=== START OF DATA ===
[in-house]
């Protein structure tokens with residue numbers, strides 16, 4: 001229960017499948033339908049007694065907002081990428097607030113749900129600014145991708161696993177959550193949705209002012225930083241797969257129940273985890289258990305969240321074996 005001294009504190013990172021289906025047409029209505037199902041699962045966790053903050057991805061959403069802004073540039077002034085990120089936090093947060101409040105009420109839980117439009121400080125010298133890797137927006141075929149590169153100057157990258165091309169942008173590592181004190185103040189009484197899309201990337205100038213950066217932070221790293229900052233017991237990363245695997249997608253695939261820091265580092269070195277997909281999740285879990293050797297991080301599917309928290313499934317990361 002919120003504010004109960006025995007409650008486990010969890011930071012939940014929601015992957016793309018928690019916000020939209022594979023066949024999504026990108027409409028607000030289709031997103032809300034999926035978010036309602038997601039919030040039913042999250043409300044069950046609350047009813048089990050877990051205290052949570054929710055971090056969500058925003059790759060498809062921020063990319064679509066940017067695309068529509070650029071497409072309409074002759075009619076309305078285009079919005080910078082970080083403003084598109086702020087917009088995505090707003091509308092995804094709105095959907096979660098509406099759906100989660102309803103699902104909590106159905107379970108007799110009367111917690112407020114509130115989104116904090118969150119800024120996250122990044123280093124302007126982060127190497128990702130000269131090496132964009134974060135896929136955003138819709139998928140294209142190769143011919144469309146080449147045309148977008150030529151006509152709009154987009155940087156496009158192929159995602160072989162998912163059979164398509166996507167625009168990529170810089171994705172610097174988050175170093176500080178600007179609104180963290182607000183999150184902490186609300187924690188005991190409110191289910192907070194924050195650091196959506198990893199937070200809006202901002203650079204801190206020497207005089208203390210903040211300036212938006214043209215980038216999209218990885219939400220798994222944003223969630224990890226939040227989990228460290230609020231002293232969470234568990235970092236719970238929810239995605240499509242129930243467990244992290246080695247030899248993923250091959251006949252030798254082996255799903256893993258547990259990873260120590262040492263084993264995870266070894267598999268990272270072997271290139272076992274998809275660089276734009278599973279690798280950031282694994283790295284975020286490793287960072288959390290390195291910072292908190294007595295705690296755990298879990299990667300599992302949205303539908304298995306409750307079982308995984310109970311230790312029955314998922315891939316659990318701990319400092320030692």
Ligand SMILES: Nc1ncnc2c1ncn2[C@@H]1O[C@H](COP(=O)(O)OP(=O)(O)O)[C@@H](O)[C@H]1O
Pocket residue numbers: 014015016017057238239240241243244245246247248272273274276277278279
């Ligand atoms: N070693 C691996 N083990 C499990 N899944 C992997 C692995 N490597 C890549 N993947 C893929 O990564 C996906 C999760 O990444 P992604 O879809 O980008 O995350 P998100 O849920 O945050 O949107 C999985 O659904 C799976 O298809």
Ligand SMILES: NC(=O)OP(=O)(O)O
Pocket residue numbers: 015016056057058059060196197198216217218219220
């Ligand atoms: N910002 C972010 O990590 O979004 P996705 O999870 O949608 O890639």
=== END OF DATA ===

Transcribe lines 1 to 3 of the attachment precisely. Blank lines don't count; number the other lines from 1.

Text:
[in-house]
């Protein structure tokens with residue numbers, strides 16, 4: 001229960017499948033339908049007694065907002081990428097607030113749900129600014145991708161696993177959550193949705209002012225930083241797969257129940273985890289258990305969240321074996 005001294009504190013990172021289906025047409029209505037199902041699962045966790053903050057991805061959403069802004073540039077002034085990120089936090093947060101409040105009420109839980117439009121400080125010298133890797137927006141075929149590169153100057157990258165091309169942008173590592181004190185103040189009484197899309201990337205100038213950066217932070221790293229900052233017991237990363245695997249997608253695939261820091265580092269070195277997909281999740285879990293050797297991080301599917309928290313499934317990361 002919120003504010004109960006025995007409650008486990010969890011930071012939940014929601015992957016793309018928690019916000020939209022594979023066949024999504026990108027409409028607000030289709031997103032809300034999926035978010036309602038997601039919030040039913042999250043409300044069950046609350047009813048089990050877990051205290052949570054929710055971090056969500058925003059790759060498809062921020063990319064679509066940017067695309068529509070650029071497409072309409074002759075009619076309305078285009079919005080910078082970080083403003084598109086702020087917009088995505090707003091509308092995804094709105095959907096979660098509406099759906100989660102309803103699902104909590106159905107379970108007799110009367111917690112407020114509130115989104116904090118969150119800024120996250122990044123280093124302007126982060127190497128990702130000269131090496132964009134974060135896929136955003138819709139998928140294209142190769143011919144469309146080449147045309148977008150030529151006509152709009154987009155940087156496009158192929159995602160072989162998912163059979164398509166996507167625009168990529170810089171994705172610097174988050175170093176500080178600007179609104180963290182607000183999150184902490186609300187924690188005991190409110191289910192907070194924050195650091196959506198990893199937070200809006202901002203650079204801190206020497207005089208203390210903040211300036212938006214043209215980038216999209218990885219939400220798994222944003223969630224990890226939040227989990228460290230609020231002293232969470234568990235970092236719970238929810239995605240499509242129930243467990244992290246080695247030899248993923250091959251006949252030798254082996255799903256893993258547990259990873260120590262040492263084993264995870266070894267598999268990272270072997271290139272076992274998809275660089276734009278599973279690798280950031282694994283790295284975020286490793287960072288959390290390195291910072292908190294007595295705690296755990298879990299990667300599992302949205303539908304298995306409750307079982308995984310109970311230790312029955314998922315891939316659990318701990319400092320030692």
Ligand SMILES: Nc1ncnc2c1ncn2[C@@H]1O[C@H](COP(=O)(O)OP(=O)(O)O)[C@@H](O)[C@H]1O